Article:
Even as Infosys MD and CEO Vishal Sikka walks out the door, tired of a relentless campaign by the company’s founders against his management of India’s second-largest information technology services firm, the board members stepped up to back up the outgoing executive. Only, this time they did not seem to placate the founders with words of reconciliation, but rather took a no-holds-barred approach to make it plain that the company would no longer give in to the pressure from them.
The board, in a statement sent to the stock exchanges, said that it will not be distracted by the misguided campaign by N R Narayana Murthy, putting the blame for Vishal Sikka’s exodus squarely on Narayan Murthy’s continuous assault, including his latest letter which raised questions on his ability as the CEO.
“Murthy’s continuous assault, including this latest letter, is the primary reason that the CEO, Vishal Sikka, has resigned despite strong Board support,” the board said in its statement to the BSE. Referring to Narayana Murthy’s latest letter attacking the company, the board sought to yet again dispel the allegations. “The Board takes great umbrage to the contents of the letter… Murthy’s letter contains factual inaccuracies, already-disproved rumours, and statements extracted out of context from his conversations with board members,” Infosys board said in the statement.
Earlier today, Vishal Sikka, who had joined Infosys just three years ago in 2014 from SAP, said that he is resigning from Infosys on the account of rising personal disruptions. Vishal Sikka said that 100s of hours were spent on tackling drumbeat of distraction, and that the attacks undermined the good work done by the company. The ongoing tussle between Infosys founder N R Narayana Murthy and the board, which started sometime late last year, continued to turn murkier, with the veteran most recently asking that the findings of the law firm Cyril Amarchand Mangaldas relating to corporate governance lapses be made public.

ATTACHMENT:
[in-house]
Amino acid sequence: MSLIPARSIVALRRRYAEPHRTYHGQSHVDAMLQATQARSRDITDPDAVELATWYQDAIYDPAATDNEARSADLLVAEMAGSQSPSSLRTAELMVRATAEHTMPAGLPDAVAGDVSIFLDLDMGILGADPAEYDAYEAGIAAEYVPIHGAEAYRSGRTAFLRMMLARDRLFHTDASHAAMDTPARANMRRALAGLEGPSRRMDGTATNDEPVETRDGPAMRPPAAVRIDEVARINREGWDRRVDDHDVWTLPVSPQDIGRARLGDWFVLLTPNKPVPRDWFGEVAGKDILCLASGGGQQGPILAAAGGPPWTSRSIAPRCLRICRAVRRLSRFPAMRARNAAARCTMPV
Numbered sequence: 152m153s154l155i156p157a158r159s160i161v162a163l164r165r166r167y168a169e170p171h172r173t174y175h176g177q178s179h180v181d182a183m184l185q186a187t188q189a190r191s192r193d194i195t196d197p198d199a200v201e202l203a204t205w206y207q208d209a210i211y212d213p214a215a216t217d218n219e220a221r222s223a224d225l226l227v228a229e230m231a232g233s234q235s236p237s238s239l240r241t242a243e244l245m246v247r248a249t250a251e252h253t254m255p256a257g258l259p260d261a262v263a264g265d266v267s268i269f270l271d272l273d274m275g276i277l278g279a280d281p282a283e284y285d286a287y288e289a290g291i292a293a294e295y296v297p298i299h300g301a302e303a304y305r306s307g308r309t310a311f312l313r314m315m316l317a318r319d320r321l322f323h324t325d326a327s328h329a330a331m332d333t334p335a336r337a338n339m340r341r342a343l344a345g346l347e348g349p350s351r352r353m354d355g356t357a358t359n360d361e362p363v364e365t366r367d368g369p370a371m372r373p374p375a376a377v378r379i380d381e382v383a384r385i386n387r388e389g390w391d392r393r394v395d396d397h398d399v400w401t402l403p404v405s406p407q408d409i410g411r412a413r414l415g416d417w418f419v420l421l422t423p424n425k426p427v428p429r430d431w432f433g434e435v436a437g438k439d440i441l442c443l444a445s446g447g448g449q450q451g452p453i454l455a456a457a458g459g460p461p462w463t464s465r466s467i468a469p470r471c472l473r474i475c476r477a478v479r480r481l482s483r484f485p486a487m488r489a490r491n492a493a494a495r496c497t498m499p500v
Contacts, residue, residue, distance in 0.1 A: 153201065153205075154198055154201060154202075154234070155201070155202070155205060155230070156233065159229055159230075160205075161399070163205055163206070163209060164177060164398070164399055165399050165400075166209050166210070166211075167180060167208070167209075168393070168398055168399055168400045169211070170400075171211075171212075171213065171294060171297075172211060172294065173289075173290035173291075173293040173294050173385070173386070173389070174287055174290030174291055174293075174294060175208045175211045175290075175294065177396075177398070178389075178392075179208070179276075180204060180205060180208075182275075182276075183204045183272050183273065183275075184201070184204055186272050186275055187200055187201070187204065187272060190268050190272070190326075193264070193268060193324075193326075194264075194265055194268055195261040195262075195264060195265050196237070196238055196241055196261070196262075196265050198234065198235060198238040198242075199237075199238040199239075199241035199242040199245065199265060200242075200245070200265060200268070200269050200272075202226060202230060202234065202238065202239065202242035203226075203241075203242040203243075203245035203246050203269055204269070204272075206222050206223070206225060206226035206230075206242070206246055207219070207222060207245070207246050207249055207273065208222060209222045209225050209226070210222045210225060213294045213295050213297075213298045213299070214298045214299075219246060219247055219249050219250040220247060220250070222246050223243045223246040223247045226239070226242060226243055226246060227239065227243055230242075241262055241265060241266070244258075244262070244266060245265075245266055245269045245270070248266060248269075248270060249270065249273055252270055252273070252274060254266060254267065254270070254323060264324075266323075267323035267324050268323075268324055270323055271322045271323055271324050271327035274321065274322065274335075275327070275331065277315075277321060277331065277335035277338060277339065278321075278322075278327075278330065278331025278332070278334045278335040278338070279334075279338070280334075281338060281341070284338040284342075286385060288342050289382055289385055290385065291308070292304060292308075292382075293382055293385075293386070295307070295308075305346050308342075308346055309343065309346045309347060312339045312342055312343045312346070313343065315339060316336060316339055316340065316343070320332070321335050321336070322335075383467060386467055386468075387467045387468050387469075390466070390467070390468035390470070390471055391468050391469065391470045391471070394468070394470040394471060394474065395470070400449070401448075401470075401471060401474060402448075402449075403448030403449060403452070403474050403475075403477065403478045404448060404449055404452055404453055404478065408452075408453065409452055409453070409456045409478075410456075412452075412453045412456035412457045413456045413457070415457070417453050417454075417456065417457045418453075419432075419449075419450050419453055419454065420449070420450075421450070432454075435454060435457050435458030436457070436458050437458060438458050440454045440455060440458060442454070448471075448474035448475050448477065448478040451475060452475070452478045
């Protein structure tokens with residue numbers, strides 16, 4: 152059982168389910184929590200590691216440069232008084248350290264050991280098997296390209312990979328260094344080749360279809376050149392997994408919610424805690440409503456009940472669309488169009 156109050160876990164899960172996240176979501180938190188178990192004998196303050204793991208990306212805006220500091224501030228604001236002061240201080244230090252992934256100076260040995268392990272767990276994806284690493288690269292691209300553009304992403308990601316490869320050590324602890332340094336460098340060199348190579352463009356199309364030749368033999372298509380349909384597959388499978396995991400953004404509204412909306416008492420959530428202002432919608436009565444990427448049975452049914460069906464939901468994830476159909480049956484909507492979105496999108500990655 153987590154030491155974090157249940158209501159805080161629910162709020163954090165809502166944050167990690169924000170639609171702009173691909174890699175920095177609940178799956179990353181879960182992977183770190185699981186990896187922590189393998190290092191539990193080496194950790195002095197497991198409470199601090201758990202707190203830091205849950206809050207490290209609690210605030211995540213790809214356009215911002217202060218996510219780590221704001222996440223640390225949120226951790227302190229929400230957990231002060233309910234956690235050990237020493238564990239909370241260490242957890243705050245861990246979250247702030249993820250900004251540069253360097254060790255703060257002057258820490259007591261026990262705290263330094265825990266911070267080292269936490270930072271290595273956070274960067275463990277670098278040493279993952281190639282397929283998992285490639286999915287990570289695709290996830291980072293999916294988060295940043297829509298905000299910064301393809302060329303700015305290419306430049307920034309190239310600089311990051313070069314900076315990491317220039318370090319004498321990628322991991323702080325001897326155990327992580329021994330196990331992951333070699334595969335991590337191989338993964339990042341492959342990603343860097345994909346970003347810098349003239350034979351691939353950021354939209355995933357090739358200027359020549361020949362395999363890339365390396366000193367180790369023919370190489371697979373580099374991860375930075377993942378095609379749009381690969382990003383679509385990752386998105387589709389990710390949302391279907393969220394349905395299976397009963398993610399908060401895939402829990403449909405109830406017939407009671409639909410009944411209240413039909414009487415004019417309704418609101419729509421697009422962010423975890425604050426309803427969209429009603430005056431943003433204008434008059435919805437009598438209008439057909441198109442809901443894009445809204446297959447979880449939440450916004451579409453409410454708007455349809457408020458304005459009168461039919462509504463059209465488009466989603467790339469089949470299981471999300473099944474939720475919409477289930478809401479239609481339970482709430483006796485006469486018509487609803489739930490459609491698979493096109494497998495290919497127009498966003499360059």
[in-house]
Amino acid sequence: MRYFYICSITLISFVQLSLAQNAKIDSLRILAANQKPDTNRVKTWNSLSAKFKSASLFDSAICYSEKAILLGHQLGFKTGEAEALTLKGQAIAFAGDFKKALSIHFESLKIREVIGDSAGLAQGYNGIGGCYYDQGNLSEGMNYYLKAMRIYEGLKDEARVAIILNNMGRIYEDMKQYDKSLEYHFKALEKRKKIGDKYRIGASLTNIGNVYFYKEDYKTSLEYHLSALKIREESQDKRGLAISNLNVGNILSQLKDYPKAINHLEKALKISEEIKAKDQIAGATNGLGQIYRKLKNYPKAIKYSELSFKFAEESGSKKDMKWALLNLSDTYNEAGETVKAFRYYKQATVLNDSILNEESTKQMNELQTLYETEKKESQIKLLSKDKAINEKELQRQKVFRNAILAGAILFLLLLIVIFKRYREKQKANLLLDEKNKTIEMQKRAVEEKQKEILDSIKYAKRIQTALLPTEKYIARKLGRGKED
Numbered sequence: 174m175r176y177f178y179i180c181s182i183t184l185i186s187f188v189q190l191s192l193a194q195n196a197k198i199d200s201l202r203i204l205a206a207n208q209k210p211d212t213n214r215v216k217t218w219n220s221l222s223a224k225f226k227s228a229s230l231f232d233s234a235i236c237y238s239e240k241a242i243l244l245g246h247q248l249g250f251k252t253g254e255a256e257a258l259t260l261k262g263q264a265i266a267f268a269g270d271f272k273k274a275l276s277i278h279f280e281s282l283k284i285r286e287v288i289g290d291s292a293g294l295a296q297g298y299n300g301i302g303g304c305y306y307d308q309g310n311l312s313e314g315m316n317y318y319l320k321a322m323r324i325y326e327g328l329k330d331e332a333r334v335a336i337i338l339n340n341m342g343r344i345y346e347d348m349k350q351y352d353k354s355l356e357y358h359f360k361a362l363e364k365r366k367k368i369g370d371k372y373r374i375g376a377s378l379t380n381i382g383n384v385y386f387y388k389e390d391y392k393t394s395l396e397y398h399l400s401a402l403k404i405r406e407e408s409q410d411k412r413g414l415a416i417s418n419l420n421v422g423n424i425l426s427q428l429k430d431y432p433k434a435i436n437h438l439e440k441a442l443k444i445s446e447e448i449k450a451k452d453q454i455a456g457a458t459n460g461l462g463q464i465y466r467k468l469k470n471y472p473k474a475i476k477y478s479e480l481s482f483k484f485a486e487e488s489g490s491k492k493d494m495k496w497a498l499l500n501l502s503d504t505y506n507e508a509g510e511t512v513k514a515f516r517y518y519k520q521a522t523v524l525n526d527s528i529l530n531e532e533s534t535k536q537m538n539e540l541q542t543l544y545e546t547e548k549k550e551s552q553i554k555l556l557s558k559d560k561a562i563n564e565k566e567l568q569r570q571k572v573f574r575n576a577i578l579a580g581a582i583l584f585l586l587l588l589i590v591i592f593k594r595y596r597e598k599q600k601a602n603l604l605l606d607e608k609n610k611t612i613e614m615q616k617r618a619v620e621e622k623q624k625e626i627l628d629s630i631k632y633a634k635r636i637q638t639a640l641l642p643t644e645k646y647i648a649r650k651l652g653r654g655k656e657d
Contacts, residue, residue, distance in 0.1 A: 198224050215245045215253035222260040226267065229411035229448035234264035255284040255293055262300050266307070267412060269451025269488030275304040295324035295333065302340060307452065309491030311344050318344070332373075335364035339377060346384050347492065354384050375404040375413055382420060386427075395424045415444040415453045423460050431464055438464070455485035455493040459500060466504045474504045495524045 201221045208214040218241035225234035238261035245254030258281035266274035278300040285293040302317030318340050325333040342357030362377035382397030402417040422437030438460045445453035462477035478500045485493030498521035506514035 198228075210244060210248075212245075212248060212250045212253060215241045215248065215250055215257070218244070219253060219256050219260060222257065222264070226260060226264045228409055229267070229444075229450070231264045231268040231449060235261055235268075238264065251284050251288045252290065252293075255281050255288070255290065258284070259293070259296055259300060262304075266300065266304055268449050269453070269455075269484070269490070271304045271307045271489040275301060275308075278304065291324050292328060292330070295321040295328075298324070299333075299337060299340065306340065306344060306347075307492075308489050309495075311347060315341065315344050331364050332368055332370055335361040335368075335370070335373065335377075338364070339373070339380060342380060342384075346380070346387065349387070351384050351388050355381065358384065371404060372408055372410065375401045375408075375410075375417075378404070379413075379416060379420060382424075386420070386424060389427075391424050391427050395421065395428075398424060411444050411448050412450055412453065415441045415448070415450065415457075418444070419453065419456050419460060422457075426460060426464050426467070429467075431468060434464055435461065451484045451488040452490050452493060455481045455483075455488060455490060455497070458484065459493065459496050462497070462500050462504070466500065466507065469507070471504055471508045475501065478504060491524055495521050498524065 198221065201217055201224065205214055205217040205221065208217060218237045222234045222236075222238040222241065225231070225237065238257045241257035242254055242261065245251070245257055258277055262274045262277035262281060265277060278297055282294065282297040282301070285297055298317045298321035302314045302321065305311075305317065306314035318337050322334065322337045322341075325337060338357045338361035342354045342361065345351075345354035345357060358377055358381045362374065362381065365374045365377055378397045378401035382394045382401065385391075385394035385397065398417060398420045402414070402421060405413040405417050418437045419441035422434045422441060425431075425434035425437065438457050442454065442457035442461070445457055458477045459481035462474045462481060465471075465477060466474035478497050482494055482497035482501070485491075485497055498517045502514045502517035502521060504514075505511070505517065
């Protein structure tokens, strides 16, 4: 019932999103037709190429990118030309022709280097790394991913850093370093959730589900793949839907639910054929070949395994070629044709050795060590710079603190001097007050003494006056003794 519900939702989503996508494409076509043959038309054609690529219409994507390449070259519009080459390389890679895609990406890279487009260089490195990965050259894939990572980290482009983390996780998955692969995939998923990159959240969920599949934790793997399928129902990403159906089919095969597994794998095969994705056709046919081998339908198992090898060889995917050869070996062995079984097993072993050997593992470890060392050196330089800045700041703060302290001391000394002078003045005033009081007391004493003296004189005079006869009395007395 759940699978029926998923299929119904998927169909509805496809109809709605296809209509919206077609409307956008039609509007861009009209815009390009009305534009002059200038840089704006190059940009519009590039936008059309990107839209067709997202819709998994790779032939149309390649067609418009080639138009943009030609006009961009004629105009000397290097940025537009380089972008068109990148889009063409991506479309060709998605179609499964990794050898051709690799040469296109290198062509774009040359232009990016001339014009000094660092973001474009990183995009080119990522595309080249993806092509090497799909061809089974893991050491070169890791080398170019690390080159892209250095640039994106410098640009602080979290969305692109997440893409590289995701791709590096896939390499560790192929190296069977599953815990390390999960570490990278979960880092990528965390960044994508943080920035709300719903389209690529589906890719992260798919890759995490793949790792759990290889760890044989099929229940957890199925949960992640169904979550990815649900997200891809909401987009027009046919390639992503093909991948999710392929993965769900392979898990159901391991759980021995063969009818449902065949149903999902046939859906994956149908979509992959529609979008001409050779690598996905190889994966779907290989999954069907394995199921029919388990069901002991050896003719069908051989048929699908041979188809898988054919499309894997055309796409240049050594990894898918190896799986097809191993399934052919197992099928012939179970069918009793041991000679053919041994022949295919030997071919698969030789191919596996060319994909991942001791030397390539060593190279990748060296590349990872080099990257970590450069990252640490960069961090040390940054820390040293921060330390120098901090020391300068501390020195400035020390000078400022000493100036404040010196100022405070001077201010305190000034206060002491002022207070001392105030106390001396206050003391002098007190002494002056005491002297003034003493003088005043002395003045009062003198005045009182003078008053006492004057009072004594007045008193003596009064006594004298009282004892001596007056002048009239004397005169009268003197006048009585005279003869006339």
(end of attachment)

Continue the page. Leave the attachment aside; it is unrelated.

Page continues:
Previously, the founders led by N R Narayan Murthy had raised issues pertaining to the quantum of salary hike given to Vishal Sikka and the size of the severance packages given to former CFO Rajiv Bansal and former General Counsel David Kennedy. Meanwhile, troubles at Infosys Ltd, once India’s bellwether information technology services company, seemed to rise with senior executives making a beeline towards the exit door.
Today, Infosys board also sought to put an end to making efforts towards reconciling with the founders. “The board… believes that any further use of resources and time on these matters would be a distraction for the company and would enable those wishing unfairly to attack company personnel to continue this harmful conduct. Therefore, the board has formally closed the investigations of the anonymous allegations so that the company can focus on strategy, performance, and the creation of shareholder value,” it said in the statement.
Further, the statement also made it clear that Murthy will not be invited back to run the company. “Given the commitment of the Board to remain independent and pursue a chosen strategy, the board currently has no intention of asking Mr. Murthy to play a formal role in the governance of the organization,” it said.